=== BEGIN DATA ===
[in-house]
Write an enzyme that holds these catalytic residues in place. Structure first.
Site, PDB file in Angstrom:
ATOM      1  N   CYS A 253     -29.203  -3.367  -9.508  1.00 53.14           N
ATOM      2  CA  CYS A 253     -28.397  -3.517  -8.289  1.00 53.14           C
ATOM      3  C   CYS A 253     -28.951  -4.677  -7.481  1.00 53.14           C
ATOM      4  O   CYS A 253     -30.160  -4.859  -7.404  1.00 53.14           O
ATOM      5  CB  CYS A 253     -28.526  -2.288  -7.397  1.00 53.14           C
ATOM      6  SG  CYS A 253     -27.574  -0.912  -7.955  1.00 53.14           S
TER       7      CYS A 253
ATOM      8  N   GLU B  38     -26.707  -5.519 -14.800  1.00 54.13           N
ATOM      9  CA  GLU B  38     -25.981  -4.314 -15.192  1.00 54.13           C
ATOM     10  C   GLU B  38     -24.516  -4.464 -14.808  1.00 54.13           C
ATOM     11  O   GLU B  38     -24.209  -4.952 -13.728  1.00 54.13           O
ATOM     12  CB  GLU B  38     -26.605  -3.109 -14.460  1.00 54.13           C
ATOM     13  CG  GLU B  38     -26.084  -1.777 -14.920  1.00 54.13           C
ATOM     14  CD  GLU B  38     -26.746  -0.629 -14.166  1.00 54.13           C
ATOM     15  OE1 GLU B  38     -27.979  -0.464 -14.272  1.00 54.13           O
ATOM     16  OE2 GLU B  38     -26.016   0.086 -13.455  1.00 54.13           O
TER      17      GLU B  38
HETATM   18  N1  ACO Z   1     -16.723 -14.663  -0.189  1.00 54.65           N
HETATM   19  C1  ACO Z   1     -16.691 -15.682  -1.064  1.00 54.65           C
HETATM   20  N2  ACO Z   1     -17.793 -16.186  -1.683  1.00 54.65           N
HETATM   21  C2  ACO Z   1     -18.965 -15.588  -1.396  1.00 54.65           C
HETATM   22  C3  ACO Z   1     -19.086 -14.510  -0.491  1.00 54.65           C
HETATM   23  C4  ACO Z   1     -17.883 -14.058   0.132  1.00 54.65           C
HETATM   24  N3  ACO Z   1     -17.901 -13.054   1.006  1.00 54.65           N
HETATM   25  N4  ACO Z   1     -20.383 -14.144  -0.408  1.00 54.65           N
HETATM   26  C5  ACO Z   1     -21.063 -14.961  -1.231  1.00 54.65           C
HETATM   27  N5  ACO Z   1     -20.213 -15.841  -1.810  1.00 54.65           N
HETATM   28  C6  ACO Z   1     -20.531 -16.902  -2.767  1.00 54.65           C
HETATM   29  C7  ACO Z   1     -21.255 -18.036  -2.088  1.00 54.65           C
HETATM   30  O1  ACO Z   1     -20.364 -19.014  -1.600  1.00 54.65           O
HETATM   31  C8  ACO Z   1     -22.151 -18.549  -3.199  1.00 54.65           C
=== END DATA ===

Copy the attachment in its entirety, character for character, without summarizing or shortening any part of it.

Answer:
[in-house]
Write an enzyme that holds these catalytic residues in place. Structure first.
Site, PDB file in Angstrom:
ATOM      1  N   CYS A 253     -29.203  -3.367  -9.508  1.00 53.14           N
ATOM      2  CA  CYS A 253     -28.397  -3.517  -8.289  1.00 53.14           C
ATOM      3  C   CYS A 253     -28.951  -4.677  -7.481  1.00 53.14           C
ATOM      4  O   CYS A 253     -30.160  -4.859  -7.404  1.00 53.14           O
ATOM      5  CB  CYS A 253     -28.526  -2.288  -7.397  1.00 53.14           C
ATOM      6  SG  CYS A 253     -27.574  -0.912  -7.955  1.00 53.14           S
TER       7      CYS A 253
ATOM      8  N   GLU B  38     -26.707  -5.519 -14.800  1.00 54.13           N
ATOM      9  CA  GLU B  38     -25.981  -4.314 -15.192  1.00 54.13           C
ATOM     10  C   GLU B  38     -24.516  -4.464 -14.808  1.00 54.13           C
ATOM     11  O   GLU B  38     -24.209  -4.952 -13.728  1.00 54.13           O
ATOM     12  CB  GLU B  38     -26.605  -3.109 -14.460  1.00 54.13           C
ATOM     13  CG  GLU B  38     -26.084  -1.777 -14.920  1.00 54.13           C
ATOM     14  CD  GLU B  38     -26.746  -0.629 -14.166  1.00 54.13           C
ATOM     15  OE1 GLU B  38     -27.979  -0.464 -14.272  1.00 54.13           O
ATOM     16  OE2 GLU B  38     -26.016   0.086 -13.455  1.00 54.13           O
TER      17      GLU B  38
HETATM   18  N1  ACO Z   1     -16.723 -14.663  -0.189  1.00 54.65           N
HETATM   19  C1  ACO Z   1     -16.691 -15.682  -1.064  1.00 54.65           C
HETATM   20  N2  ACO Z   1     -17.793 -16.186  -1.683  1.00 54.65           N
HETATM   21  C2  ACO Z   1     -18.965 -15.588  -1.396  1.00 54.65           C
HETATM   22  C3  ACO Z   1     -19.086 -14.510  -0.491  1.00 54.65           C
HETATM   23  C4  ACO Z   1     -17.883 -14.058   0.132  1.00 54.65           C
HETATM   24  N3  ACO Z   1     -17.901 -13.054   1.006  1.00 54.65           N
HETATM   25  N4  ACO Z   1     -20.383 -14.144  -0.408  1.00 54.65           N
HETATM   26  C5  ACO Z   1     -21.063 -14.961  -1.231  1.00 54.65           C
HETATM   27  N5  ACO Z   1     -20.213 -15.841  -1.810  1.00 54.65           N
HETATM   28  C6  ACO Z   1     -20.531 -16.902  -2.767  1.00 54.65           C
HETATM   29  C7  ACO Z   1     -21.255 -18.036  -2.088  1.00 54.65           C
HETATM   30  O1  ACO Z   1     -20.364 -19.014  -1.600  1.00 54.65           O
HETATM   31  C8  ACO Z   1     -22.151 -18.549  -3.199  1.00 54.65           C